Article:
Times staff report
On Sunday, Aug. 28 the City of Birmingham will celebrate the 53rd anniversary of the March on Washington with its own march to support a Civil Rights National Park in the Magic City.
Starting 6 p.m. at the A.G. Gaston Motel (named a National Treasure in 2015), the march route includes civil rights landmarks the 16th Street Baptist Church, the Birmingham Civil Rights Institute, and Kelly Ingram Park. Following the march, R&B artist Ledisi will perform in Kelly Ingram Park for a free musical performance.
“The establishment of the Birmingham Civil Rights National Historical Park in Alabama will not only protect these important places but also honor the events here and the Civil Rights Act of 1964, and ensure that they are never forgotten,” Mayor William Bell.
Brent Leggs, senior field officer, Preservation Division, for the Washington D.C.-based National Trust for Historic Preservation said, the March For Birmingham event is a way for the National Trust and the city to educate citizens on the history that surrounds them and “why they should have a sense of pride in the landmarks that keeps American civil rights history.”
“This event is really about a celebration of Birmingham’s leadership role in American Civil Rights, it is to bring greater recognition for this intact collection of rare historical landmarks and cultural landscape that tells the civil rights story,” he said.
Leggs pointed out that a lot of the planning for the 1963 March on Washington took place in the spring of 1963 at the A.G. Gaston Motel. “There’s a real intersection with this local movement that went national,” he said.
Earlier this year U.S. Rep. Terri Sewell introduced legislation in the House calling for the creation of the Birmingham Civil Rights National Historical Park. Birmingham was one of the most heavily segregated cities in the United States in the 1960s and was the epicenter of the American Civil Rights Movement. Civil Rights leaders like Dr. Martin Luther King, Jr., Reverend Fred Shuttlesworth, and Reverend Ralph Abernathy held a “war room” at the A. G. Gaston Motel, where they skillfully worked to dismantle Jim Crow. In addition, the proposed park would include other iconic civil rights landmarks like the 16th Street Baptist Church, Kelly Ingram Park, Bethel Baptist Church, and the Birmingham Civil Rights Institute.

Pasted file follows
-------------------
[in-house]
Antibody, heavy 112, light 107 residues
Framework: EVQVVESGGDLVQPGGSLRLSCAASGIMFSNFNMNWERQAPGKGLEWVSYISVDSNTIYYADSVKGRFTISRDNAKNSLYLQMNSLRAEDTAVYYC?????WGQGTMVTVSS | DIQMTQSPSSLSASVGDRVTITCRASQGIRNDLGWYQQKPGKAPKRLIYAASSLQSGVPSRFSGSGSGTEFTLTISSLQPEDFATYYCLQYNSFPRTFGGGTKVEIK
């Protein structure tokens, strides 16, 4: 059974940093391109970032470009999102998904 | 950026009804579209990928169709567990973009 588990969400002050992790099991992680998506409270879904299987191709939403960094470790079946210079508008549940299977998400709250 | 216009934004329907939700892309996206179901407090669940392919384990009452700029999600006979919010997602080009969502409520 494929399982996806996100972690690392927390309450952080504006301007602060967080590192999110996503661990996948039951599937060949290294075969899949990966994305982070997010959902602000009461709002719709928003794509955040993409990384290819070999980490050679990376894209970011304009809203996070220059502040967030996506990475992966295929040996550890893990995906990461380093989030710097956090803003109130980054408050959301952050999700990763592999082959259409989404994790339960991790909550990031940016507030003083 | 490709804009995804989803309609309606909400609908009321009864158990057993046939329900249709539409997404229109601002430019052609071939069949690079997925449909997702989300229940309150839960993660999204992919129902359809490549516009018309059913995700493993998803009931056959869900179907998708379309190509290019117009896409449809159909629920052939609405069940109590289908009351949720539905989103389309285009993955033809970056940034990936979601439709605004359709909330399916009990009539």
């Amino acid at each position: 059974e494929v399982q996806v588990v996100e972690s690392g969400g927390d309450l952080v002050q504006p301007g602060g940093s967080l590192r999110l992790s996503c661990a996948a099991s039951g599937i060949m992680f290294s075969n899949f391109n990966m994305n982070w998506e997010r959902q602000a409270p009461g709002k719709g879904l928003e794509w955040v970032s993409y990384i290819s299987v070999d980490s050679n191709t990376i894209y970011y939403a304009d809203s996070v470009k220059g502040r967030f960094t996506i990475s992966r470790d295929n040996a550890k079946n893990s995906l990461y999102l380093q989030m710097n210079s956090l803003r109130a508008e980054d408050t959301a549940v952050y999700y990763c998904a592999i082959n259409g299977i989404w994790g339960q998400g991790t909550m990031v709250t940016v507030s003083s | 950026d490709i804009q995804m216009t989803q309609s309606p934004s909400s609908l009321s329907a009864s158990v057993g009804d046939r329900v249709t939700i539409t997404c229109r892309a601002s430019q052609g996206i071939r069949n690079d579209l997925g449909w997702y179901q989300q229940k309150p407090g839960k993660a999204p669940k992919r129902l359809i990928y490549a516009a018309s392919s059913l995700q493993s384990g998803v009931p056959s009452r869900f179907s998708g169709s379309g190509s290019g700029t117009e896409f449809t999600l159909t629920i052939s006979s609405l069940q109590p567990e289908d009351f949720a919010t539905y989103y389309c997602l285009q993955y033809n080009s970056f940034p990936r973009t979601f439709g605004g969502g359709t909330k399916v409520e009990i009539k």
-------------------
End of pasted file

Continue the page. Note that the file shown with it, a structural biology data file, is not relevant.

Sewell said she was proud to introduce the bi-partisan legislation that incorporates Birmingham’s Historic Civil Rights sites into the National Park Service System. “With this designation, historic preservation efforts will be enhanced for these historic sites, greater economic revitalization will occur, and it will forever cement the pivotal role Birmingham played in the Civil Rights Movement.”
The designation will make the city eligible for grants and private dollars to fund improvements to the whole district including the 4th Avenue business district and surrounding gateway communities into the park, Bell said.
“For every dollar invested in the National Park Service, about $5 is generated for local economies,” Bell said. “That’s money that we can pour back into neighborhoods on things like street paving, tearing down abandoned houses and cutting overgrown lots,” he said.
“More than 50 years later, this critical chapter in the American civil rights story must not fade from public memory,” he added. “The establishment of the Birmingham Civil Rights National Historical Park in Alabama will not only protect these important places but also honor the events here and the Civil Rights Act of 1964, and ensure that they are never forgotten.”
What: The March for Birmingham: Civil Rights National Park Now!
Where: A.G. Gaston Motel, 1514 5th Ave. N, Birmingham, AL 35203
When: Sunday, Aug. 28 at 6 p.m.
Hashtags: #NatlParkforBham and #savingplaces